Wednesday, October 3, 2012

Finger Lickin' Good

When Walt and I were engaged and planning a life together, I remember seeing a picture in Gourmet Magazine (to which I subscribed at the time).  It was a simple picture of an orange, partially peeled, sitting on a plate with a strawberry on top of it.  I thought it was the epitome of a fancy presentation, showed it to him, and said that when we were married, this was the kind of meal I would make for him....meaning that my meals would all be beautiful presentations.

Needless to say, in the past 47 years, I have made my share of beautiful meals and offered beautiful presentations (but, I have to say, never an orange with a strawberry on it). 
I'm not afraid to try anything.  I never once "practiced" a new recipe before serving it to unsuspecting guests. I always made it cold (not temperature, but without practice) and hoped for the best.  Most of the time, even though disasters might have happened during the preparation, the end result turned out well.  Not always, though.  You might like to read about one of my more memorable disasters.

During our ten years having foreign students in and out all the time, I learned to cook meals from several different cultures and even, once, had to teach our Japanese visitor how to make tempura, since she didn't have a clue how to do it.

But over the years, the joy of creating something new, delicious and beautiful begins to fade.  Especially when you have children and you know that at least one of them (if not all of them) will hate what you serve, no matter what it is.  Nothing more depressing than to work on a meal all afternoon and have at least one of the recipient say "Yuck" and refuse to eat it.

(Amazingly, the kids grew up and became gourmet cooks.  Either I was an inspiration or they learned to cook to finally get something to eat that they actually liked.)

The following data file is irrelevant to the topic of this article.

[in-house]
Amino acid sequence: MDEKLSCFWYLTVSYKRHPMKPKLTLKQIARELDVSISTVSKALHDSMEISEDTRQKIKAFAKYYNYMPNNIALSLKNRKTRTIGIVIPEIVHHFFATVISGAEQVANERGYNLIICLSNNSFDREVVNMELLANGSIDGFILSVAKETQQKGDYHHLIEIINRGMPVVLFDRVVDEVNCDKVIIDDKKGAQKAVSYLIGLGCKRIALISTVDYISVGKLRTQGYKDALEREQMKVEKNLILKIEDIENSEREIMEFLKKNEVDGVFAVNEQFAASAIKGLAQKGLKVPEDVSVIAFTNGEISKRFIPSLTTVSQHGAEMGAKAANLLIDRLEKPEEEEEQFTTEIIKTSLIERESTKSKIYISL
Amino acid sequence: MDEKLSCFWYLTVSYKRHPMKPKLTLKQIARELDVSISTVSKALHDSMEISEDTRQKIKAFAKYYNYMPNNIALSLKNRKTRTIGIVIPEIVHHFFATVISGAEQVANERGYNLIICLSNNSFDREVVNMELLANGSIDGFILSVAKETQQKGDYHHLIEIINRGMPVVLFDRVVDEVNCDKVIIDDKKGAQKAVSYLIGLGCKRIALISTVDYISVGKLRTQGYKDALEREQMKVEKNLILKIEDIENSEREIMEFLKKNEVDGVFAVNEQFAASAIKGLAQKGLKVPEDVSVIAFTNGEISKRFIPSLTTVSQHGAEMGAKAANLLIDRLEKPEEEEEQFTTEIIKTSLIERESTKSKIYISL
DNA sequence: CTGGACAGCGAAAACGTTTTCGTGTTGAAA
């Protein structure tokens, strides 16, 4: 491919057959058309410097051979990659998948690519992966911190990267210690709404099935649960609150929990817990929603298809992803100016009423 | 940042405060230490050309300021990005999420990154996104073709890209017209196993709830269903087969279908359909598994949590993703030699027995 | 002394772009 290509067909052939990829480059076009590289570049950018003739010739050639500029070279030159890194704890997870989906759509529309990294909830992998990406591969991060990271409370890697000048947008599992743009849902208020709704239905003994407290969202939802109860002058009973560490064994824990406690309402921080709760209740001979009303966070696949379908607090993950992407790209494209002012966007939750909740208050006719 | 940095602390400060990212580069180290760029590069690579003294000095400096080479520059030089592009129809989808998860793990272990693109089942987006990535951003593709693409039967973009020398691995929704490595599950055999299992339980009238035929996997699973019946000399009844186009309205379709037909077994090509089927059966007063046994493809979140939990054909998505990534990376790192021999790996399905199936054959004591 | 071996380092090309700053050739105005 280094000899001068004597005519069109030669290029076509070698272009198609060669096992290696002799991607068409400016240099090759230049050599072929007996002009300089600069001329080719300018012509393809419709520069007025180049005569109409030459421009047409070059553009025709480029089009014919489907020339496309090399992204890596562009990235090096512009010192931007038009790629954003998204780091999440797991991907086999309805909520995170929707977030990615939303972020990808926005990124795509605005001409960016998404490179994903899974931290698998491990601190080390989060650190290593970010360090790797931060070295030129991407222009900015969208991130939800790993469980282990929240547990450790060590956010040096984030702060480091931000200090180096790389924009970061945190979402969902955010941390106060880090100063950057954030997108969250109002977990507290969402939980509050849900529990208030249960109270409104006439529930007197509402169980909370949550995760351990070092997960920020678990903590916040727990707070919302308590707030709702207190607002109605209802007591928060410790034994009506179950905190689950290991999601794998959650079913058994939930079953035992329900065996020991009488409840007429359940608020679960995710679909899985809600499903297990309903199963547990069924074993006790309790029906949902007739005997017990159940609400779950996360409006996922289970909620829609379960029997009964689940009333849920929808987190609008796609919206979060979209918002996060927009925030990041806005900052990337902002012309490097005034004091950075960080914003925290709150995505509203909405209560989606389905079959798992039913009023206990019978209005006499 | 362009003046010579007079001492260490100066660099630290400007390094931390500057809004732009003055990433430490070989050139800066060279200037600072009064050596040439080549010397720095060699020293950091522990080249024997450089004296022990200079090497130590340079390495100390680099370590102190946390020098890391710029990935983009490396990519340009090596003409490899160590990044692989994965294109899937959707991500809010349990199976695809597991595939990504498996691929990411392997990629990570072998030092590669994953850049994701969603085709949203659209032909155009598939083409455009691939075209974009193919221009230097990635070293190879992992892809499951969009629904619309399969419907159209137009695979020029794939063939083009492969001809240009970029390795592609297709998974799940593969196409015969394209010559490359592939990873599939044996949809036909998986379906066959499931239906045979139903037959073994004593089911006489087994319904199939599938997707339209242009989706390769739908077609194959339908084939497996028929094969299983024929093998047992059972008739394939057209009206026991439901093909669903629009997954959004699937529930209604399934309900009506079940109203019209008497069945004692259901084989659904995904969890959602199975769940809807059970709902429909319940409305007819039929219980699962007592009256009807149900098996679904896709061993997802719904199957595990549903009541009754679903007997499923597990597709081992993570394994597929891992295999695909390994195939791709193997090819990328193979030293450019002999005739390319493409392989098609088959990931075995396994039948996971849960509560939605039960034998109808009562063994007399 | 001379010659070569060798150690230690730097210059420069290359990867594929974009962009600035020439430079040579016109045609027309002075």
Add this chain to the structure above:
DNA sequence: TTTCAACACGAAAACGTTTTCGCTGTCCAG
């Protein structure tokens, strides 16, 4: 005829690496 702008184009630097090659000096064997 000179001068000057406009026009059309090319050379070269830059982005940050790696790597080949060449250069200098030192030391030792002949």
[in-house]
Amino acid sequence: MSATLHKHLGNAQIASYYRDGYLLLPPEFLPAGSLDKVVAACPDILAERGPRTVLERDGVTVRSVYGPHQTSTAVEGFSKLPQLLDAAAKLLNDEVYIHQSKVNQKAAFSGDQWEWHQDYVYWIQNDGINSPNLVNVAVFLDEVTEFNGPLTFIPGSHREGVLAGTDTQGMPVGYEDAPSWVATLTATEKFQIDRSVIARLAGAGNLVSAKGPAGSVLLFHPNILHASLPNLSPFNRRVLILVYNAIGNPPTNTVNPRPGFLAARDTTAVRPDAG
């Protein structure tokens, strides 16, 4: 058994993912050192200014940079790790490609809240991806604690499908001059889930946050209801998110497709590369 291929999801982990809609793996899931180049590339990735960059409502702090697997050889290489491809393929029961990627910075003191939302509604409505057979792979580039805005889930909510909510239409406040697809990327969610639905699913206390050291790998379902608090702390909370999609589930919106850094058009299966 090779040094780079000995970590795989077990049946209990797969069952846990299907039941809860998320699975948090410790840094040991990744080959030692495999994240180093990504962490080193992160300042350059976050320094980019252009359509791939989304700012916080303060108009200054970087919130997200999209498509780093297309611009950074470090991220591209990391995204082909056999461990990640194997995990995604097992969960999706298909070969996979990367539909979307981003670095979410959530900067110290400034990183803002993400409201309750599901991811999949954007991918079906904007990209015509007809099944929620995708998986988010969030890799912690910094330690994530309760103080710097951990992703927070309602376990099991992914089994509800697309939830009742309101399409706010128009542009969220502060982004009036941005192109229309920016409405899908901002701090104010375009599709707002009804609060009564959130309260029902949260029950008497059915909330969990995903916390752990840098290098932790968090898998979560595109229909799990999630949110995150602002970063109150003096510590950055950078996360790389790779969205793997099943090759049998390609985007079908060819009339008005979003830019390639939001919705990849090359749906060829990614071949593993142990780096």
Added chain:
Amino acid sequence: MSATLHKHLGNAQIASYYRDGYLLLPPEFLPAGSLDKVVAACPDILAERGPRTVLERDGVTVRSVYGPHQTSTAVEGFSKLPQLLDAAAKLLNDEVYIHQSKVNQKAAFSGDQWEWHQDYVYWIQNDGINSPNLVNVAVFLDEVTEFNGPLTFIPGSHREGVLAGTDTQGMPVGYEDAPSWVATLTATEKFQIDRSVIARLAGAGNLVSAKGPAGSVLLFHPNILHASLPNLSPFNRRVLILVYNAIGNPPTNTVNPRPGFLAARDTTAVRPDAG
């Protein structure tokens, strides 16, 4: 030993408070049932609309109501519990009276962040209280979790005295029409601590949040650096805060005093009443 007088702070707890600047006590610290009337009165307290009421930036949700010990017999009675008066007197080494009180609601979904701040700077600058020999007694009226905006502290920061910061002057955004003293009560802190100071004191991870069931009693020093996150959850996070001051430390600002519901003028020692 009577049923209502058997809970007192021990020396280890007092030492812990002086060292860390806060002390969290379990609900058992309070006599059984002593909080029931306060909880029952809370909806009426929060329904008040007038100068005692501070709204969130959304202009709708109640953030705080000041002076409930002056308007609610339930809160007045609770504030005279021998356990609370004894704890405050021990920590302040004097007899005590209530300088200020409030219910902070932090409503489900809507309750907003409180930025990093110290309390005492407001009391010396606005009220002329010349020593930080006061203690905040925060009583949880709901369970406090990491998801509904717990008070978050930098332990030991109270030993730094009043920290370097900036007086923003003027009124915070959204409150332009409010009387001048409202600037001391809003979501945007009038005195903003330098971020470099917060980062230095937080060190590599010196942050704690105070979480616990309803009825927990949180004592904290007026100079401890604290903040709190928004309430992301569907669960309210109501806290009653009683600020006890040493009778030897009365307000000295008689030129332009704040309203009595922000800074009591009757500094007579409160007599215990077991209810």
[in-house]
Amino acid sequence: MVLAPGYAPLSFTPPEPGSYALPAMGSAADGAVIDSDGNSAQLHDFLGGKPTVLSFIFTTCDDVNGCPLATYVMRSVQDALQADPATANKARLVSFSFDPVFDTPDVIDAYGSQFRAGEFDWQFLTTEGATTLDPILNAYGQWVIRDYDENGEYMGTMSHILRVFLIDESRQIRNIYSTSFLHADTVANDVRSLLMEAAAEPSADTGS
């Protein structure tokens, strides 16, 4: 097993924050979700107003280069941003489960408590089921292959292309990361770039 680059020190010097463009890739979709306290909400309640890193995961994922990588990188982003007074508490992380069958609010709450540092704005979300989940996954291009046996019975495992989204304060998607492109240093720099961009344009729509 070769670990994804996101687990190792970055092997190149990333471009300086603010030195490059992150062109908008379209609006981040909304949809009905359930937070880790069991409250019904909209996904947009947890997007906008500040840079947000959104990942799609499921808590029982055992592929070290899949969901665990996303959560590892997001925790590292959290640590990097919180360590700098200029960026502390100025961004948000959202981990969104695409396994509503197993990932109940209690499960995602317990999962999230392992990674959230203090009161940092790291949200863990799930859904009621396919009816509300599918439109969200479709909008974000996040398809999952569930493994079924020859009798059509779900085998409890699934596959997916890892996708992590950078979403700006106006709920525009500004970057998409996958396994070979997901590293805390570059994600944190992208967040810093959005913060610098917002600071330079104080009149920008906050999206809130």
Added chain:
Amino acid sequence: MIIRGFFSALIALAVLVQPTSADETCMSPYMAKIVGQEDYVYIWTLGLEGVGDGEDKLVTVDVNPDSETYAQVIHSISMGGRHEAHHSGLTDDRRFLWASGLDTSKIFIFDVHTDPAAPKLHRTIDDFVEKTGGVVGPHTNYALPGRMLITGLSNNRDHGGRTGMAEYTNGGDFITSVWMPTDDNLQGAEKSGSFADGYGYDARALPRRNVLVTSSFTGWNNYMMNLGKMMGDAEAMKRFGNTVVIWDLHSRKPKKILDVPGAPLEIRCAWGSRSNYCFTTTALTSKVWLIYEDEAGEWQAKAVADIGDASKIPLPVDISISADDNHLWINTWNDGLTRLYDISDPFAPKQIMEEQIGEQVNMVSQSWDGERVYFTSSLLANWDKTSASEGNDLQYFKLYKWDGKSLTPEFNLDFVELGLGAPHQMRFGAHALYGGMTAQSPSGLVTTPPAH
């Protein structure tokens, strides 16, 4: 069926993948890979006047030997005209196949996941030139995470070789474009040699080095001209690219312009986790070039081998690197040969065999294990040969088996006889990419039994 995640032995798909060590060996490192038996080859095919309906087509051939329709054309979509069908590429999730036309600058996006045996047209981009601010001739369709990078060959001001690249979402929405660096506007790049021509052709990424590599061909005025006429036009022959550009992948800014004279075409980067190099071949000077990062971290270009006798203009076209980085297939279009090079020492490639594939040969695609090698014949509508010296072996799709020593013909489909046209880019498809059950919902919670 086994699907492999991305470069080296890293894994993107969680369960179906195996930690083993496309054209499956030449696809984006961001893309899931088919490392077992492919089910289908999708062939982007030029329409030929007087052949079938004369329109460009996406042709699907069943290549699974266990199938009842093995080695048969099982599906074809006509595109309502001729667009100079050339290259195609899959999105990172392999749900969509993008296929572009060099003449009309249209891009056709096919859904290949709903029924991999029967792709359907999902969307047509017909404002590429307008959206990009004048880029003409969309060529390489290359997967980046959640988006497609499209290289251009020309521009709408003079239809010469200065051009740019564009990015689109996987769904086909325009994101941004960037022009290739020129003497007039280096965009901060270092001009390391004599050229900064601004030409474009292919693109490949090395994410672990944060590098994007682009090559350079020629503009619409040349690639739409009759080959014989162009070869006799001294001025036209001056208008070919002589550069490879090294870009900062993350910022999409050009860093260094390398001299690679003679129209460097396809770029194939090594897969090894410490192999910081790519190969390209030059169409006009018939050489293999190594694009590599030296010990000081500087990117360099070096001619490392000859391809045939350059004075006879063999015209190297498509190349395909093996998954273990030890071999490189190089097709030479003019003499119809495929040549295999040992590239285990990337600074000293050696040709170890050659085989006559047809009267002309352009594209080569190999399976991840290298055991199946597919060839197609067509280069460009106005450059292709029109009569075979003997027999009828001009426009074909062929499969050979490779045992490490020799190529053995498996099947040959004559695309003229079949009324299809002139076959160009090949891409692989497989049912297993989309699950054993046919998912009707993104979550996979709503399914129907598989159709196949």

With only two of us to cook for now (yes, I cook almost every night), my repertoire has shrunk to things like "something with hamburger in it," "something with cheese in it," stuffed potatoes, "something Mexican" a "tuna thing," and, on nights when I have to review a show, Bertolli frozen pasta entrees.

But occasionally I get inspired.  This week I got a flyer trying to get me to subscribe to a cooking magazine.  The flyer came with beautiful photos and delicious sounding recipes.  I chose several recipes from the magazine and made a list of food, deciding to make special things this week.  The first was the orange glazed salmon steak that I made the other night.  It was good, but I forgot that I don't really like salmon.

I had also planned on making a coq au vin.  I had all the ingredients and the recipe I was going to use involved the crock pot and several hours cooking time.

But I kept forgetting to make it until too late.  I was worried that the chicken would start to go bad, so today was the day I was going to finally do it.  Only it got to be 3 p.m. before I remembered and again it was too late.  Instead, I went looking for a non-crock pot version.  I finally settled on this recipe from Ina Garten, the Barefoot Contessa.  Even having chosen that recipe, it was 5 p.m.before I thought about it and I decided it was too late to make it.  I decided on something else, but then thought about the fact that Walt will be at the opera tomorrow night and I'll be at Cousins day the next night, and I will be home too late the following day to make it, and the chicken would DEFINITELY have gone bad by then, so what the heck.  I decided to cook it anyway and we'd just eat late.